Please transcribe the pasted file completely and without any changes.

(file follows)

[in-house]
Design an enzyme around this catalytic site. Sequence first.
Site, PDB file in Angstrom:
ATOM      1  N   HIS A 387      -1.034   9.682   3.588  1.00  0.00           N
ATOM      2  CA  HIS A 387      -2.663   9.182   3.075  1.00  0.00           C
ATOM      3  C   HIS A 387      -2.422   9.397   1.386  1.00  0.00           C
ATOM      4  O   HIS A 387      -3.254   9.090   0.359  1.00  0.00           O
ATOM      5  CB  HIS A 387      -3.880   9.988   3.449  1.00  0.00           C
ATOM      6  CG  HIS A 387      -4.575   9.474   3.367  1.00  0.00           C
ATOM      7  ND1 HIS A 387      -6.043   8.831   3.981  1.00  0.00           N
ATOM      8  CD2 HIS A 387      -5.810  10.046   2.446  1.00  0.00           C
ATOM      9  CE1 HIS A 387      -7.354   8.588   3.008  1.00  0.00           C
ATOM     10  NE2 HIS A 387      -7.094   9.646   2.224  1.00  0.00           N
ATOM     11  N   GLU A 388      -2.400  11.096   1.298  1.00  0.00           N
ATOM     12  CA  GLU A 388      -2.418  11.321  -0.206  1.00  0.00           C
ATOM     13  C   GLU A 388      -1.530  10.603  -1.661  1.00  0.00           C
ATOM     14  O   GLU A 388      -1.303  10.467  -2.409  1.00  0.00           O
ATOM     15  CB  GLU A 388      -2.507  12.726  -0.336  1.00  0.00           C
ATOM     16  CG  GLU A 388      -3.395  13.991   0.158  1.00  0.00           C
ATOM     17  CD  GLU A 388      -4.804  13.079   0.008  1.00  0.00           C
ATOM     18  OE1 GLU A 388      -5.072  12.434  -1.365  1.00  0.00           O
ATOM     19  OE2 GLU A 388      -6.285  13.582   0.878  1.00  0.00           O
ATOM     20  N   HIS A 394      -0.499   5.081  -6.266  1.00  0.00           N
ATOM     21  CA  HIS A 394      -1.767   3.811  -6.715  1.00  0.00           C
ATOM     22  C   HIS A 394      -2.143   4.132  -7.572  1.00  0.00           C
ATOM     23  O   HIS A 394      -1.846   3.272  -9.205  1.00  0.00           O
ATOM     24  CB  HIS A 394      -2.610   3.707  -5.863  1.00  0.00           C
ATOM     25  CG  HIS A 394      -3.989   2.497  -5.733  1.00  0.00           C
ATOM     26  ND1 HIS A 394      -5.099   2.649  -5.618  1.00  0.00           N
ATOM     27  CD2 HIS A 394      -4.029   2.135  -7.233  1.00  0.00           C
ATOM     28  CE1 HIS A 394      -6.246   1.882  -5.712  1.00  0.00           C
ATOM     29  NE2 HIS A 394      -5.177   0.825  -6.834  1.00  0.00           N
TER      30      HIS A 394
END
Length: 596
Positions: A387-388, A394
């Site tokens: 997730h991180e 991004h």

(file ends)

[in-house]
Design an enzyme around this catalytic site. Sequence first.
Site, PDB file in Angstrom:
ATOM      1  N   HIS A 387      -1.034   9.682   3.588  1.00  0.00           N
ATOM      2  CA  HIS A 387      -2.663   9.182   3.075  1.00  0.00           C
ATOM      3  C   HIS A 387      -2.422   9.397   1.386  1.00  0.00           C
ATOM      4  O   HIS A 387      -3.254   9.090   0.359  1.00  0.00           O
ATOM      5  CB  HIS A 387      -3.880   9.988   3.449  1.00  0.00           C
ATOM      6  CG  HIS A 387      -4.575   9.474   3.367  1.00  0.00           C
ATOM      7  ND1 HIS A 387      -6.043   8.831   3.981  1.00  0.00           N
ATOM      8  CD2 HIS A 387      -5.810  10.046   2.446  1.00  0.00           C
ATOM      9  CE1 HIS A 387      -7.354   8.588   3.008  1.00  0.00           C
ATOM     10  NE2 HIS A 387      -7.094   9.646   2.224  1.00  0.00           N
ATOM     11  N   GLU A 388      -2.400  11.096   1.298  1.00  0.00           N
ATOM     12  CA  GLU A 388      -2.418  11.321  -0.206  1.00  0.00           C
ATOM     13  C   GLU A 388      -1.530  10.603  -1.661  1.00  0.00           C
ATOM     14  O   GLU A 388      -1.303  10.467  -2.409  1.00  0.00           O
ATOM     15  CB  GLU A 388      -2.507  12.726  -0.336  1.00  0.00           C
ATOM     16  CG  GLU A 388      -3.395  13.991   0.158  1.00  0.00           C
ATOM     17  CD  GLU A 388      -4.804  13.079   0.008  1.00  0.00           C
ATOM     18  OE1 GLU A 388      -5.072  12.434  -1.365  1.00  0.00           O
ATOM     19  OE2 GLU A 388      -6.285  13.582   0.878  1.00  0.00           O
ATOM     20  N   HIS A 394      -0.499   5.081  -6.266  1.00  0.00           N
ATOM     21  CA  HIS A 394      -1.767   3.811  -6.715  1.00  0.00           C
ATOM     22  C   HIS A 394      -2.143   4.132  -7.572  1.00  0.00           C
ATOM     23  O   HIS A 394      -1.846   3.272  -9.205  1.00  0.00           O
ATOM     24  CB  HIS A 394      -2.610   3.707  -5.863  1.00  0.00           C
ATOM     25  CG  HIS A 394      -3.989   2.497  -5.733  1.00  0.00           C
ATOM     26  ND1 HIS A 394      -5.099   2.649  -5.618  1.00  0.00           N
ATOM     27  CD2 HIS A 394      -4.029   2.135  -7.233  1.00  0.00           C
ATOM     28  CE1 HIS A 394      -6.246   1.882  -5.712  1.00  0.00           C
ATOM     29  NE2 HIS A 394      -5.177   0.825  -6.834  1.00  0.00           N
TER      30      HIS A 394
END
Length: 596
Positions: A387-388, A394
């Site tokens: 997730h991180e 991004h």